LinkedIn adds 'stay-at-home mom' and other caregiver titles to recognize their hard work
The professional social networking site LinkedIn is taking new steps to recognize the labor of moms and other caregivers who’ve been forced out of work during the COVID-19 pandemic. Beginning this week, LinkedIn users finally have the option of adding stay-at-home mom and other caregiver titles to their resumes.
Previously, LinkedIn required all job titles listed on a user’s resume to be linked to existing companies. That meant parents who took time off to care for children or those who had to take extended family leave had no accurate way to reflect that gap on their online profile. This week, LinkedIn is lifting those restrictions and adding brand new caregiver titles like stay-at-home mom, stay-at-home dad, stay-at-home parent, homemaker and caretaker.
Additional changes are also in the works at LinkedIn, according to a report by Fortune. As a part of the most recent updates, users have the ability to add their pronouns to their LinkedIn page. Soon, users will also be able to create separate resume sections to describe employment gaps using new descriptions, such as “parental leave,” “family care leave” or “sabbatical.”
The changes come on the heels of a viral essay by writer Heather Bolen, in which she criticized LinkedIn’s lack of titles for stay-at-home parents as a form of “implicit bias against women.” Bolen says the silence around parenting, family and caregiving obligations harms women in the workplace and prevents “meaningful conversations about workplace policies that could better support the hiring, productivity, job satisfaction and retention of employees who are also primary caretakers.”
On social media, many are applauding LinkedIn for recognizing the labor of parents and caregivers, and for their commitment to starting a much needed conversation about workplace policies that support families.
“This is a massive step for employers to finally recognize that the (unpaid) care work that women do is actually VALUABLE,” one person writes.
“Stay at home mom was the HARDEST job I’ve ever had,” another person adds. “Happy to see this much-needed addition to the LinkedIn platform. Brb...updating my LinkedIn profile.”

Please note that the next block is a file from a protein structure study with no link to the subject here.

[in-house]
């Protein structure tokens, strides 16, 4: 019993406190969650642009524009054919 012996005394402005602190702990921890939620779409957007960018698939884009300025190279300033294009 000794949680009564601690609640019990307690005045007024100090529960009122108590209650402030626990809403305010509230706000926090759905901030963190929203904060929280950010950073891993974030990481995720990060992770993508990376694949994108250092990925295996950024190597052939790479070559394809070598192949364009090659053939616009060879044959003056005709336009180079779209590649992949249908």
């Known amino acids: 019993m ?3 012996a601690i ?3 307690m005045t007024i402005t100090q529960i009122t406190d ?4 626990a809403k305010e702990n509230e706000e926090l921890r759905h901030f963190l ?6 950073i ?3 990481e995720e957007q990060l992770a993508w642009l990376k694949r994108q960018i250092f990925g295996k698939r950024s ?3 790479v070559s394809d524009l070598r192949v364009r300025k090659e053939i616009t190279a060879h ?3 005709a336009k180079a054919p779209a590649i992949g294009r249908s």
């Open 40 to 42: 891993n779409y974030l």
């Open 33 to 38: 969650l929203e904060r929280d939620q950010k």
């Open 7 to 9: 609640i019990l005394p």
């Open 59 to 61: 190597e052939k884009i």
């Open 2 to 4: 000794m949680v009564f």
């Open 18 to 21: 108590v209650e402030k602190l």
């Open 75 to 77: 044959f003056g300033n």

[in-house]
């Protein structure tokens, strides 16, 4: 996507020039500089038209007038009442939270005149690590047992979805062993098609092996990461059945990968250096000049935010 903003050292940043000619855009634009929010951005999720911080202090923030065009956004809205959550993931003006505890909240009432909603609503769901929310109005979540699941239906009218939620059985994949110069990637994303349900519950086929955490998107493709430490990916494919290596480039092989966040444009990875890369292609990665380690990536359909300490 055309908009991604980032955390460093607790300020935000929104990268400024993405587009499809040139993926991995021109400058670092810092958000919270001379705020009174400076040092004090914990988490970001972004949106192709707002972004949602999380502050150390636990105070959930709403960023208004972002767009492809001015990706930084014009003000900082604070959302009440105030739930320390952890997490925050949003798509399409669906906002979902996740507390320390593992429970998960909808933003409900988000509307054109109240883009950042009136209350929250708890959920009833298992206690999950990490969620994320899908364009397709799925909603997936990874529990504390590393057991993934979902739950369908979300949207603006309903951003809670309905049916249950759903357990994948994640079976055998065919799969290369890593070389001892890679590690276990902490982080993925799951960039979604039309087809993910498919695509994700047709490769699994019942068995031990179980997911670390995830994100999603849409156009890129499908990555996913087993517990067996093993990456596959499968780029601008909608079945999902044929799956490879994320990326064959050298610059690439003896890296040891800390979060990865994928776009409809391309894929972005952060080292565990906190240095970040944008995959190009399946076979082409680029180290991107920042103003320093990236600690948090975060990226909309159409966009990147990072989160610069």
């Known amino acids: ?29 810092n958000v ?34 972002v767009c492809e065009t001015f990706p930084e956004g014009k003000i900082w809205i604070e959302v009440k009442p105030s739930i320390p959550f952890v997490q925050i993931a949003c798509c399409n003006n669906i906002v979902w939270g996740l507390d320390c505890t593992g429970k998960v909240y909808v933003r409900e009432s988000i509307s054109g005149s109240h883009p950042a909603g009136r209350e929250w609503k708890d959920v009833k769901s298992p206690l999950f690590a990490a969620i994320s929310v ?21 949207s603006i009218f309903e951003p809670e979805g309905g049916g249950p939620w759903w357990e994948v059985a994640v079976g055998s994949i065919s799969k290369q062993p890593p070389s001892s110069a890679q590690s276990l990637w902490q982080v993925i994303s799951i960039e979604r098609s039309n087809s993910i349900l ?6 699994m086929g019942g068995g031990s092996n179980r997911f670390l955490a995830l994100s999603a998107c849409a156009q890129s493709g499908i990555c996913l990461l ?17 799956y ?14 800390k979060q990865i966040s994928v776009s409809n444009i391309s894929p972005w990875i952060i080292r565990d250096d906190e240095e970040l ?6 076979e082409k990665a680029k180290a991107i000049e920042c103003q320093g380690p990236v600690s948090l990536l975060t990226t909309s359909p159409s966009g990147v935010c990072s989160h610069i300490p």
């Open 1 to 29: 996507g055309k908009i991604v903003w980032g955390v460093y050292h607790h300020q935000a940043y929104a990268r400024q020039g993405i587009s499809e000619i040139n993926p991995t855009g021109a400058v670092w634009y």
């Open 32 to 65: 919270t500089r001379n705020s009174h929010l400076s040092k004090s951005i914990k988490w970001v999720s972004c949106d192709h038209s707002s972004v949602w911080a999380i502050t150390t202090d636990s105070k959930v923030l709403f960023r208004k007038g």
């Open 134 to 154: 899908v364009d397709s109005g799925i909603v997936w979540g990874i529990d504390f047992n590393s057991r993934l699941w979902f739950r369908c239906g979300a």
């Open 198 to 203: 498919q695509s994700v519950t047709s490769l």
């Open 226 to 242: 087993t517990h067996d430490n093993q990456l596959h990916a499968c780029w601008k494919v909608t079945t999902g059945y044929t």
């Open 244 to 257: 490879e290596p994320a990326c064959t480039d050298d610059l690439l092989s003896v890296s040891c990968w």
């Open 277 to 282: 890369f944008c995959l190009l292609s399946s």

The updates at LinkedIn are especially important for parents and caregivers who will be looking for work following the pandemic. Many women, in particular, have had their careers decimated by pandemic job losses and lack of access to school and child care. In February 2021, a report by the National Women’s Law Center showed more than 2.3 million women had left the U.S. workforce. The Center for American Progress has suggested the losses to women in the workplace could “set gender equality back a generation.”
Even parents who didn’t lose their jobs or step back from their careers during the pandemic have felt the heavy burden of having to remain silent about the stress of their obligations at home. A Catalyst survey of adults ages 20 to 65 who work in large companies found that 41% of working mothers surveyed said they have to hide their caregiving struggles from their colleagues. Additionally, four in 10 parents said they fear it would be a risk to their employment to take advantage of any benefits their workplaces offer to working parents.
The work of parents and caregivers has been vital throughout the pandemic. They shouldn’t have to sweep that labor under the rug for fear of employers questioning their dedication to their careers. With a simple change, LinkedIn has taken a huge step towards normalizing conversations about family and care obligations in the workplace. Hopefully the move also encourages employers to finally do more to meet the needs of the hardworking moms, dads and caregivers they employ.
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